ONE SOUL BRINGS THE BLESSING | Harav Y. Reuven Rubin Shlita

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Harav Y. Reuven Rubin Shlita

Jewish life is filled with anomalies, it is part of the rich tapestry that the Torah presents. Let me share just one: On Shmini Atzeres we all recite the special prayer of Geshem, exalting Hashem that we be blessed with life affirming rain over the next few winter months. Strangely, (here comes the anomaly) we dont introduce the daily recitation of the request of Tal U’motor blessing in Eretz Yisroel until fifteen days later on the 7 of Cheshvan ( the date this article is being written ), Why the wait? After all the rain we pray for is more than just about the need for nourishment for our crops, in spiritual terms it is asking for the blessing of greater growth in ruchniyus. Chazal explain that the wait is basically a practical one. In those times traveling from Yerusholyim to the farthest reaches of Eretz Yisroel took time and was arduous, Chazal didn’t want the rains to fall on the pilgrims as they wended their ways home because if so, they may well be hesitant in making the same pilgrimage the following year. This understanding was extended for those who lived in chutz l’oretz where they didn’t start the daily recitation till December.

I recently heard a shmooz from the Krasner Rav Shlita from New York who clarifies this whole subject in a meaningful way.

The Blessing of rain was a powerful reminder for Klall Yisroel of our need for a connection with the Eibishter and how vital this is in all facets of life. Chazal speak of rain as a metaphor for life enhancing cleansing of our neshomahs and the tool that allows for our growth. The Torah itself is mentioned as life giving waters.

We stood at the end of the glorious Hieliga Teig and having been cleansed from the everyday humdrum of life through the days of heartfelt tefillos, we cry out to our Father in Shomayim that we be blessed with continuity of the kedushah that yom tov has bought each one of us.

And yet, we hold back from these daily entreaties for blessings because it may well be that one Yiedle, probably someone living at the very edge of the holy land, may get wet and decide not to travel a year later to the Bais Hamekdosh. One Jew, one shlepper from who knows where holds up the Brocha of the whole of Klall Yisroel, just in case he becomes dissuaded from making the trip next time.

Asks the Krasna Rav, what are we meant to think in our times, when young children aren’t allowed into a cheder, for whatever reason, and are left without the merit of Torah learning.  Sadly he may well be left soaking in the polluted waters of our secular society because no one thought about the consequences of losing one single soul. Klall Yisroel is meant to worry about even just one neshomah being left out, yet, well somehow this is often disregarded with grave consequences.

I have written about this subject on numerous occasions, and debated this painful predicament with many worthy souls. I guess my words have not yet found resonance enough to make much of a difference, but when I hear that  renown Gedolim such as the Krasna Rav speak so movingly regarding this painful subject, I take courage to continue in my quest.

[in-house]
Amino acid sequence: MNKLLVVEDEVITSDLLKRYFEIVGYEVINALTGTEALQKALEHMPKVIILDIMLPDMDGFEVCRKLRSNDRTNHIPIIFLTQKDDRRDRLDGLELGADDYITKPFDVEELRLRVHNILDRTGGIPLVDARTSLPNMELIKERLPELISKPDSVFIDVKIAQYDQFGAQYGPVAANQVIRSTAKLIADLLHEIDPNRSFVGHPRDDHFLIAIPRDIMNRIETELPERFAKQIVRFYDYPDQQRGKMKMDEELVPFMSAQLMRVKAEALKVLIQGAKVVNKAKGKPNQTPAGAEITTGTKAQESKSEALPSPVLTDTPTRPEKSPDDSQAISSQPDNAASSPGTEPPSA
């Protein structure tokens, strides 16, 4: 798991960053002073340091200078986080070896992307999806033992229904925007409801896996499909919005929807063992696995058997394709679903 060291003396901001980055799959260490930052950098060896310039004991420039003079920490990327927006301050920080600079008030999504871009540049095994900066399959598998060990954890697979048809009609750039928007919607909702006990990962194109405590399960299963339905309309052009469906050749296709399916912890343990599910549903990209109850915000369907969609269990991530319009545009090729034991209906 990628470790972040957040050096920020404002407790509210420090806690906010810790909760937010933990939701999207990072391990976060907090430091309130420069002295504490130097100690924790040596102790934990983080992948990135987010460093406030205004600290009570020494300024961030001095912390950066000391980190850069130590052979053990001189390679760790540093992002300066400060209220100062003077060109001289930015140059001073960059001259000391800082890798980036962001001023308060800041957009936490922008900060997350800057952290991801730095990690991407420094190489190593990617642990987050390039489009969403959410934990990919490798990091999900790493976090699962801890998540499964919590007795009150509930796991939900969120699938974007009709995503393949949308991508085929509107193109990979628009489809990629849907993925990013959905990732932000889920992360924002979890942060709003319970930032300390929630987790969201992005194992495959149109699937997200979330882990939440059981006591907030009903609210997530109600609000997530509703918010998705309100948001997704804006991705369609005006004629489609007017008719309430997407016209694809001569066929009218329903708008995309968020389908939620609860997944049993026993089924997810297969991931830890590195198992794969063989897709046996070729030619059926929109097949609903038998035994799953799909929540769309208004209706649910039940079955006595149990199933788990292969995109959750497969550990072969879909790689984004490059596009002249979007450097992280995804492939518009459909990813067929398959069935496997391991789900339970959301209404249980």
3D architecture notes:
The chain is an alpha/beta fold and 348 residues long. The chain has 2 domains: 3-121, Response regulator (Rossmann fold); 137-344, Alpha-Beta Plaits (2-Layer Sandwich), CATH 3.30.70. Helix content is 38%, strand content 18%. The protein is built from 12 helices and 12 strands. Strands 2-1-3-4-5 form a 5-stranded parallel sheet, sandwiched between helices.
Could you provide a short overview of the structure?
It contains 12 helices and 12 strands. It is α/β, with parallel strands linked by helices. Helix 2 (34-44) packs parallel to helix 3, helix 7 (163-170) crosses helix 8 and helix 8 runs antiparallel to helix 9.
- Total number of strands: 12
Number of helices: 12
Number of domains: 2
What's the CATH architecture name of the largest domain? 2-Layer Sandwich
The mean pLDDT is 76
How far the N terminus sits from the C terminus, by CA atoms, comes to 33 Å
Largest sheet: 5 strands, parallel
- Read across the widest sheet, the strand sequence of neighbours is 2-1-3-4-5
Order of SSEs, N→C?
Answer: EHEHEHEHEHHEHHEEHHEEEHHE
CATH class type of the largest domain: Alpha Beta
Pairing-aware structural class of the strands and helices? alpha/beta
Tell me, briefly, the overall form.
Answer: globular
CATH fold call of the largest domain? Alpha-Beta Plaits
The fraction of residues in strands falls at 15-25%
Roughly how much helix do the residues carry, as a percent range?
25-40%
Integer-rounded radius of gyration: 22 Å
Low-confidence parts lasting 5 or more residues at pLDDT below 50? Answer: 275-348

Over forty years ago I had the zechus to serve as head of a small yeshiva that strived to help boys who struggled in larger Mosdos. One young talmid was especially troublesome to the point that his Rebbe’s begged me to send him out of the Yeshivah. I was put in an invidious position, the staff were alarmed over his misadventures while I felt if we threw him out, he would soon be totally on the street. I went to HaRav Shlomo Friefeld Ztl of Shaar Yoshuv in Far Rockaway to ask him what I should do. Reb Shlomo was a beloved Rebbe to many young people, some of which had ‘interesting’ backstories. To sit with this Gadol for just a few minutes was an experience that could ignite one’s neshoma into being in chinuch for a lifetime. His eyes spoke with warmth and love, and in just moments I was treated to a long shiur on how to enliven any bochurs yiddishkiet, and bring out his best. I left the Rosh Yeshivah in a daze and just typing these words bring a smile to my heart.

I then paid a visit to the Bobover Rebbe Harav Shlomo Ztl. The Rebbe was the most gracious and caring Neshoma one could ever hope to meet. His entirety was lived for Klall Yisroel, and till this day, just my memories of his humanity and love for all things Holy lift my heart to strive to be a better Yied. I asked the Rov what I should do with this boy, and shared that some of the staff wanted him to be sent home. The Rov was incredulous, “Vous? Arous shiken a Yingel? Chas Vesholom!”  “What? Sending a youngster away?” The Rav then went into a heartrending shmooz of how we had survived all the horrors of the Churban, been blessed to start rebuilding in a new place, and we dare speak of throwing talmidim out of our mosdos? Impossible! The whole reason we are here is to give chizuk for just such neshomahs that need chizuk.

Well, I guess I had my path set for me, and went back to the Yeshivah with new courage. I would like to share with you that the boy worked out perfect, and ultimately became a Rosh Yeshivah, but that isn’t the truth. I will share that he is married, the father of lovely family of Bnei Torah and is well respected. For me this is a win, not only for me, but for klall Yisroel, and I thank my holy mentors for teaching me all those years ago how valuable even one neshoma is to the world.